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Startup to take smart chip for designer furniture to market

Three engineering students have developed an ID tag that can be built into designer furniture and link it wirelessly on the internet. This can help prevent theft and receiving stolen goods across national borders.

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Three engineering students want to turn their Bachelor's project into a startup company. In cooperation with Danish police they have developed an id tag and a software system to help combat theft of designer furniture across borders. The picture shows (from left) Emil Garder Kær, Anders Kallesøe Pedersen and Camilla Holmstoel. Photo: Martin Gravgaard.

Furniture manufacturers, private consumers and the police can look forward to a new weapon against theft, receiving stolen goods, and copying.

Three students from Aarhus University have developed a small chip with an associated software system that can connect a piece of furniture to the cloud from the time it is manufactured at the factory until it is disposed of as waste. This can help to document both originality and ownership.

"We want to give furniture a digital identity that makes it easy for consumers to document ownership and for furniture manufacturers to protect themselves against counterfeiting.  It will also help the police to investigate crime," says Anders Pedersen, engineering student at Aarhus University and co-founder of the startup company InTag'd.

The ID tag works without electricity, and this means that the students have created a product that can solve a number of problems in the furniture industry.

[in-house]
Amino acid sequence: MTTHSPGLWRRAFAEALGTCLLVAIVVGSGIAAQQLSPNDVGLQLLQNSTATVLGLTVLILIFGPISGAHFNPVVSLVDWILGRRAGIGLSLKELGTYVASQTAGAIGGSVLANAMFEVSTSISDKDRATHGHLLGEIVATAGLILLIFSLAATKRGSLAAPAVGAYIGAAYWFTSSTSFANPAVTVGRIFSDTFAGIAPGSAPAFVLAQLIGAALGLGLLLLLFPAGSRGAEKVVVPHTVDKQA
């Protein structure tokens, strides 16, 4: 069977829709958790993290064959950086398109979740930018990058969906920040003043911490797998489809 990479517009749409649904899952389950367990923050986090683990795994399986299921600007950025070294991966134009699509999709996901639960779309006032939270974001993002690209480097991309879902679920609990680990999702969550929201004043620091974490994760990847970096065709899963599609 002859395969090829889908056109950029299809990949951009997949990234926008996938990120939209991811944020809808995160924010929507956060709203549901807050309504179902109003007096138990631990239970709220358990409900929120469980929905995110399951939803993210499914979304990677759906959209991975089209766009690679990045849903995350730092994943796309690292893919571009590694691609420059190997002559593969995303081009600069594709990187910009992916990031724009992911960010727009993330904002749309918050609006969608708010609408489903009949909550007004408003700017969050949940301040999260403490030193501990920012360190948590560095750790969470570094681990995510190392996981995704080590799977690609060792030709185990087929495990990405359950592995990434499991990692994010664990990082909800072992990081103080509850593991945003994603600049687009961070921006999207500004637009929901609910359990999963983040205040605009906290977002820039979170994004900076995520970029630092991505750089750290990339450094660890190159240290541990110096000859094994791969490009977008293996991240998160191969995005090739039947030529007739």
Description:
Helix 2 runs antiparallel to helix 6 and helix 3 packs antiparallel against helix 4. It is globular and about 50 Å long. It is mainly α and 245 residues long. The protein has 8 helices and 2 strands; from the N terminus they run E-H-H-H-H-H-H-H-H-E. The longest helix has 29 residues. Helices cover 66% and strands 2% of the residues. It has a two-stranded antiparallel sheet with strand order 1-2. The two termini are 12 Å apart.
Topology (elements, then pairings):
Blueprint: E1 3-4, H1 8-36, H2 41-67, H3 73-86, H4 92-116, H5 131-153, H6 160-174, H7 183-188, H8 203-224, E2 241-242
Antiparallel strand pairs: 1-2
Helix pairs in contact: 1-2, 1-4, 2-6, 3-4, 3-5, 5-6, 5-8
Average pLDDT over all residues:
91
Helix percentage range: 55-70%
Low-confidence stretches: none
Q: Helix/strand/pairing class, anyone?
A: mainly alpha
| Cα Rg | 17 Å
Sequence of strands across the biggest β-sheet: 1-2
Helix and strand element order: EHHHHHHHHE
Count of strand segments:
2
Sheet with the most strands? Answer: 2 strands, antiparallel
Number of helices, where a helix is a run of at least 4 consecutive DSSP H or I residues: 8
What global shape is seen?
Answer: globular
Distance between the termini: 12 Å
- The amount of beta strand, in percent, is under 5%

"We can integrate the tag into metal, wood or textiles, for example, and thereby follow the furniture throughout its life cycle. Even though we’ve yet to launch the product, we’ve already experienced a great deal of interest from companies and government agencies," says Anders Kallesøe Pedersen.

Huge benefits for consumers

The tracking device is based on a system of new IoT technologies that makes it possible to track the furniture across national borders with different frequency bands. It also transmits a strong signal that you can scan from a standard mobile phone.

"The idea is for consumers to be able to register themselves as owners of a piece of designer furniture, whether it's new or old. This means they will always be able to identify it again if it is stolen, giving the police a considerable advantage in their efforts to trace the furniture and gather evidence," says Camilla Holmstoel Andreasen, co-founder and engineering student.

In Denmark alone, furniture accounts for almost one-tenth of all household theft, and insurance companies pay around DKK 300 million in claims every year. This means that there is a large pool of stolen goods in circulation, explains Emil Garder Kær, another co-founder of InTag'd and engineering student.

"We want to develop a technology that can provide optimal protection for consumers. Today, the buyer is left holding the bill if it turns out that furniture is actually stolen goods, and a lot of people are unwittingly caught up in this situation." 

The police can spot thieves on the roads

The students have collaborated with the East Jutland Police on designing the system that can connect furniture with the internet, and it is hoped is that this will be an effective tool to curb and solve future crime.

For example, furniture can be registered by a simple road scanner, and in the future this may turn out to be a game-changer in work to trace goods.

“Imagine that the chip communicates with simple roadside scanners in a system that is connected to the existing surveillance cameras in the road network. A picture of a number plate, a signal from a piece of furniture, and a position marker can make it very easy for the police to identify the criminals and their stolen goods," says Emil Garder Kær.